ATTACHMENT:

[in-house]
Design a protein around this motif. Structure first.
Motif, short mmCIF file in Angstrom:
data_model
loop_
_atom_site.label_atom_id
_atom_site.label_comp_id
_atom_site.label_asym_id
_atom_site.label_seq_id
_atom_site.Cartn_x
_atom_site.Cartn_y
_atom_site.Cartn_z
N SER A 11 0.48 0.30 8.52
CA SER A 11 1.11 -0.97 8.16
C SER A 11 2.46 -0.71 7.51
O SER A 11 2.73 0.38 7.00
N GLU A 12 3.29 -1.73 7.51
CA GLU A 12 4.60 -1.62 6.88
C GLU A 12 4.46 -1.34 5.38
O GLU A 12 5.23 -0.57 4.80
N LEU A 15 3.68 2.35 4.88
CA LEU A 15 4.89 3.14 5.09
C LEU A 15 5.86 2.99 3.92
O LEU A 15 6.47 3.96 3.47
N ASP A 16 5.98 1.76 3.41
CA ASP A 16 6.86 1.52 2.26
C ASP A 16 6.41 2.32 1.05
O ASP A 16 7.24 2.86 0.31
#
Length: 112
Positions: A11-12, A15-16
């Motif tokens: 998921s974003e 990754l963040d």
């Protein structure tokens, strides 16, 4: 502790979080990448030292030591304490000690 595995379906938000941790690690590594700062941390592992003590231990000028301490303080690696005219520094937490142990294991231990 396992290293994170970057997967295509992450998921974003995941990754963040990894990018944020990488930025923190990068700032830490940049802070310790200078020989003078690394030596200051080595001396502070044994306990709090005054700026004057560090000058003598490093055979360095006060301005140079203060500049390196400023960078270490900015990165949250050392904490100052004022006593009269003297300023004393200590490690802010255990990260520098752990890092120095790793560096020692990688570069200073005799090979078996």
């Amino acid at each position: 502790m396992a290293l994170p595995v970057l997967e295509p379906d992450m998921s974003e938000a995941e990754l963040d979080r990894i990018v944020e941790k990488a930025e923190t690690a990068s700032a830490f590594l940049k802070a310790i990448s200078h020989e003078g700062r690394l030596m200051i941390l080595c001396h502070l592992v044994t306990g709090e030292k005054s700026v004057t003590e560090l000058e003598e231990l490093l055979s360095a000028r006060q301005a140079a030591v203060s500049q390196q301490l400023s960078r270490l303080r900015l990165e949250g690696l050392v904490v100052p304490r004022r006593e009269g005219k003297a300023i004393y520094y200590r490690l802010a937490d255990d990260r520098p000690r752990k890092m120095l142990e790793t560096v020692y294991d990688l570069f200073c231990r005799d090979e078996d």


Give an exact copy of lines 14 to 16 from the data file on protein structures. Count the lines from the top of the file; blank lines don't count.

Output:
CA SER A 11 1.11 -0.97 8.16
C SER A 11 2.46 -0.71 7.51
O SER A 11 2.73 0.38 7.00